Review by Ryan Kramer.

#StrictlyIndie Film Views: "Grand Budapest Hotel"

The Grand Budapest Hotel is a fresh breath of indie air into mainstream cinema. I have always been most fond of Wes Anderson’s Rushmore, as it was the first of his film’s I had ever seen, but I can easily say this is his masterpiece. The fact that he can take such a niche genre and never have a dull moment is a testament to Anderson as one of the most creative and impressive minds to hit the screen.

Budapest follows the adventures of M. Gustave (Ralph Fiennes) and his devoted lobby boy (Tony Revolori). It is powered by its rapid-fire dialogue, eye-glueing shot construction and fantastic performances. Speaking of performances, Ralph Fiennes gives one of his best yet as an eccentric and strict but extremely empathetic concierge. If you’ve seen The Chumscrubber, you would have gotten a taste of Fiennes’ more comedic side; but this showcased that to the nth degree. I think we’ll be seeing more off-color comedy from him in the future (or at least I hope so).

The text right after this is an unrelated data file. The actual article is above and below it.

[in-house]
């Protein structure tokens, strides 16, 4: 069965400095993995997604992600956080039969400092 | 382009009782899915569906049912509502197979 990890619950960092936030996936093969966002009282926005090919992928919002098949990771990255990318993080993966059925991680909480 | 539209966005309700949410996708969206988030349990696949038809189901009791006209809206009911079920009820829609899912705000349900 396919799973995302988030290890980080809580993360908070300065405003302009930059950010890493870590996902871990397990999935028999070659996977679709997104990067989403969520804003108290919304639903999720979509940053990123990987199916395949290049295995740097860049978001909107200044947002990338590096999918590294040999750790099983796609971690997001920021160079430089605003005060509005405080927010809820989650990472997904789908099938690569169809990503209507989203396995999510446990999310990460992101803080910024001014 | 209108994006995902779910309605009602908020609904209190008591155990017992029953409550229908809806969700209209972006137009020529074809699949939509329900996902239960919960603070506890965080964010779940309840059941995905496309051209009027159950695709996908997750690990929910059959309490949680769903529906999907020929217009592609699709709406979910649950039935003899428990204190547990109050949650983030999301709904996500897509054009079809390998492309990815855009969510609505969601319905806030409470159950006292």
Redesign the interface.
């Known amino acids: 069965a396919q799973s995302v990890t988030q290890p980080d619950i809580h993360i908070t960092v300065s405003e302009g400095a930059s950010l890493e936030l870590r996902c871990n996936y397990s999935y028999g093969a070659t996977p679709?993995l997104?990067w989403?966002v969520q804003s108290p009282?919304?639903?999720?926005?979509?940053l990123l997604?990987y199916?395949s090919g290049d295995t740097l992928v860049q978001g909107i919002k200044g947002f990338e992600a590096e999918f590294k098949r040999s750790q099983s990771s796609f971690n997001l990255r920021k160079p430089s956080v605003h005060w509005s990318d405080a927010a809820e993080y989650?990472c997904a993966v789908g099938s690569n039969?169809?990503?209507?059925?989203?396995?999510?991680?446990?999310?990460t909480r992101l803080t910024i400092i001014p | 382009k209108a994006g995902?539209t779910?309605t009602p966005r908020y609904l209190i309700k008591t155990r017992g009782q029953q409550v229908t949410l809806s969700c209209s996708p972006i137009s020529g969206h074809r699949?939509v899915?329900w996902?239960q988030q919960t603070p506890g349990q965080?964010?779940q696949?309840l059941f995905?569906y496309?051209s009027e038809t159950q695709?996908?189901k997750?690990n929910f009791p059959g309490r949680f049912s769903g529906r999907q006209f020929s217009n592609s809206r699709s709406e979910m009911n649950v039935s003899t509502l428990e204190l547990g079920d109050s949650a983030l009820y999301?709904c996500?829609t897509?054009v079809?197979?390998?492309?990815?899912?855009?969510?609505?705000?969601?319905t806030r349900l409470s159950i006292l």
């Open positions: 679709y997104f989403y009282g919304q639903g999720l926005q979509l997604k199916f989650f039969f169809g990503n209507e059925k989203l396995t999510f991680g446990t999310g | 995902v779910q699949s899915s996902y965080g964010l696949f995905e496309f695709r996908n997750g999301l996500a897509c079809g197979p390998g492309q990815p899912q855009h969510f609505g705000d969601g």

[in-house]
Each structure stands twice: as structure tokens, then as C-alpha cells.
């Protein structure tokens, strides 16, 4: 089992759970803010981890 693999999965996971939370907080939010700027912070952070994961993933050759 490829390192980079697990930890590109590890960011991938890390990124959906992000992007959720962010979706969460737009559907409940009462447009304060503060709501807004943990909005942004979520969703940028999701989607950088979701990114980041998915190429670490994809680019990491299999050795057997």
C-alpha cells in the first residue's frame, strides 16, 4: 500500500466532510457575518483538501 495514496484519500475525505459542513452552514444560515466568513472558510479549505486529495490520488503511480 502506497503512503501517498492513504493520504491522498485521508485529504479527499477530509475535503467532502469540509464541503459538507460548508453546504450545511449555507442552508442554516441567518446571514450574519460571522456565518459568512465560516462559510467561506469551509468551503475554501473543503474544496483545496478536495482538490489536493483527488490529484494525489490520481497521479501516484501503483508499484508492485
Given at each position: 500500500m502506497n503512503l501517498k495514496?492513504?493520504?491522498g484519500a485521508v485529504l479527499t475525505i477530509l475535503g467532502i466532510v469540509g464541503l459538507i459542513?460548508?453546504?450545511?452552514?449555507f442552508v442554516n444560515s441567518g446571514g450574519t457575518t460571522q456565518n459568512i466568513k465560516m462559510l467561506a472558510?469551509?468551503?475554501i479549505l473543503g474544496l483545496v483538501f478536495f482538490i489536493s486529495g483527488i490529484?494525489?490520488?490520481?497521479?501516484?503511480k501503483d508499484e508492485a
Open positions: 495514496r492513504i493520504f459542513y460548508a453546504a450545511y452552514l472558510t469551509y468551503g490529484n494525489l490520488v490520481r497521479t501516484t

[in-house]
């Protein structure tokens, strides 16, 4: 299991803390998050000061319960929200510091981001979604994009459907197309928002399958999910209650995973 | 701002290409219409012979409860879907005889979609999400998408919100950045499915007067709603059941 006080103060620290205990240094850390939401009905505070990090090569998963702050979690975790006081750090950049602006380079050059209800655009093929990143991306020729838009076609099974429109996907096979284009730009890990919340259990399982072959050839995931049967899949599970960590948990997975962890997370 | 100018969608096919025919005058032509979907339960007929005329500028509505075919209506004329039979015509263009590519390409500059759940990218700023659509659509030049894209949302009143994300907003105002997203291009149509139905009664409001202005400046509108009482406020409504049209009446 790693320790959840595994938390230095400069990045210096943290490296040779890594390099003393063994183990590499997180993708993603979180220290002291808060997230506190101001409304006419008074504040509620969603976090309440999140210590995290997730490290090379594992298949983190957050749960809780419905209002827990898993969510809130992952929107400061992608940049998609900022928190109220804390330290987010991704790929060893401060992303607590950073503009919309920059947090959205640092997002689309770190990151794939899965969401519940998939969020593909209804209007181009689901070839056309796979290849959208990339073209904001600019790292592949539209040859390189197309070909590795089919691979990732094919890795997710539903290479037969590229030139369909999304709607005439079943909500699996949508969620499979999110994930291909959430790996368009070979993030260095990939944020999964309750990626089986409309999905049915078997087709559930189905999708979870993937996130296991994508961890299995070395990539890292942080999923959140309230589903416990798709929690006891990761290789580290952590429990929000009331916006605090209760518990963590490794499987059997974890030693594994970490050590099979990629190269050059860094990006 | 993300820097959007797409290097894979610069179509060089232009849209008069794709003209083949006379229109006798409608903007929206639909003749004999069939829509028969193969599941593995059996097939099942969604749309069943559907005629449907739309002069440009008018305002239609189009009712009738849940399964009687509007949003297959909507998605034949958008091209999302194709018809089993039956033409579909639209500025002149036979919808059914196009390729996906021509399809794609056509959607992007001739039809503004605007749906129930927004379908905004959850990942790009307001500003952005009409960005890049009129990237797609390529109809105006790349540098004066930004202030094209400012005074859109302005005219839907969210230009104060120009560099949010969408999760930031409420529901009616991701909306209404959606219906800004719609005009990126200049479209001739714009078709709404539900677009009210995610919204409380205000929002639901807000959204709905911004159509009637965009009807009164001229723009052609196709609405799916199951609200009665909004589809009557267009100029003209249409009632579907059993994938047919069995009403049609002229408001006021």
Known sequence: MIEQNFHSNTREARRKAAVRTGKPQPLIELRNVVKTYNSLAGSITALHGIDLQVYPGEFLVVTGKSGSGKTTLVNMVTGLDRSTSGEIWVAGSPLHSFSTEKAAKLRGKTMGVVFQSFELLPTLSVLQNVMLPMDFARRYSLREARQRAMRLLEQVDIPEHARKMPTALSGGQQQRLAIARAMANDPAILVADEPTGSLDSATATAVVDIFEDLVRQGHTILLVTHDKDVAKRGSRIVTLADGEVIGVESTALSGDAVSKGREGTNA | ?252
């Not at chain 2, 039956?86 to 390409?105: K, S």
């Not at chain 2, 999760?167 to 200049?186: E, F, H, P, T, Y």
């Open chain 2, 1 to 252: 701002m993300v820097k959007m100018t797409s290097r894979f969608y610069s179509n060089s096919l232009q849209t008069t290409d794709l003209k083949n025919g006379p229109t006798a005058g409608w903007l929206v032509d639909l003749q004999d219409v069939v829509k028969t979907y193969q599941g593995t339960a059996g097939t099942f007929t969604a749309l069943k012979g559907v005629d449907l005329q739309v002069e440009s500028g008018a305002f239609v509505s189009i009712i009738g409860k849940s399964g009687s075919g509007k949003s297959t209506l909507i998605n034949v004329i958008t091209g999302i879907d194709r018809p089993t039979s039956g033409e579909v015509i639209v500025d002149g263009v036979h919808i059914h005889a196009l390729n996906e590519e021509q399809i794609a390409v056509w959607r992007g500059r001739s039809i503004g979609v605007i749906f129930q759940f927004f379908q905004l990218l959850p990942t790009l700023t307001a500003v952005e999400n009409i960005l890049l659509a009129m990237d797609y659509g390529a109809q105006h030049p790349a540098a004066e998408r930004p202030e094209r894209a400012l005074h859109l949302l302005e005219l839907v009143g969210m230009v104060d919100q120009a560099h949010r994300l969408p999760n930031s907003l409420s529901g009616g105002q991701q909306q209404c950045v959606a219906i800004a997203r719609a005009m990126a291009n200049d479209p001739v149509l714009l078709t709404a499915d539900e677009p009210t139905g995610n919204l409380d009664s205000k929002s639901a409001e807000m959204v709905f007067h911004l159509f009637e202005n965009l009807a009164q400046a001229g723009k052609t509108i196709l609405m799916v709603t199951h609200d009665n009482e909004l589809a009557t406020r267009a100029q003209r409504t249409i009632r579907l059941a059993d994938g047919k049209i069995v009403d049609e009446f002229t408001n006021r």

From a story standpoint, the film really starts to take off after one of Gustave’s wealthy widowed lovers dies. I say one because he has many at The Grand Budapest. This particular widow is played by Tilda Swinton in great fashion, with hair looking like something pulled from ‘The Bride Of Frankenstein’. At her funeral service, Gustave has ‘Boy with Apple’, a rare painting, bestowed upon him. That’s when incredulous events unfold such as Gustave being accused of murder, thrown into prison, pursued by the widow’s estranged son (Adrien Brody) and chased by a villainous hitman (Willem Dafoe). Anderson does a great job of building up the relationship between the lobby boy and Gustave and uses consistent little threads of comedy that not only develop the two’s characterization, but are simple moments of laughter, like Gustave’s cherished cologne, L’Air de Panache.

All in all, The Grand Budapest Hotel is simply not to be missed. It’s a grand achievement and spectacle to be ogled at. If you’re a fan of Wes Anderson, you should see it in theaters before its run is over. If you don’t know who Anderson is, you should see it in theaters before its run is over and then get yourself familiar with the rest of his body of work. You won’t be disappointed.


Review by Ryan Kramer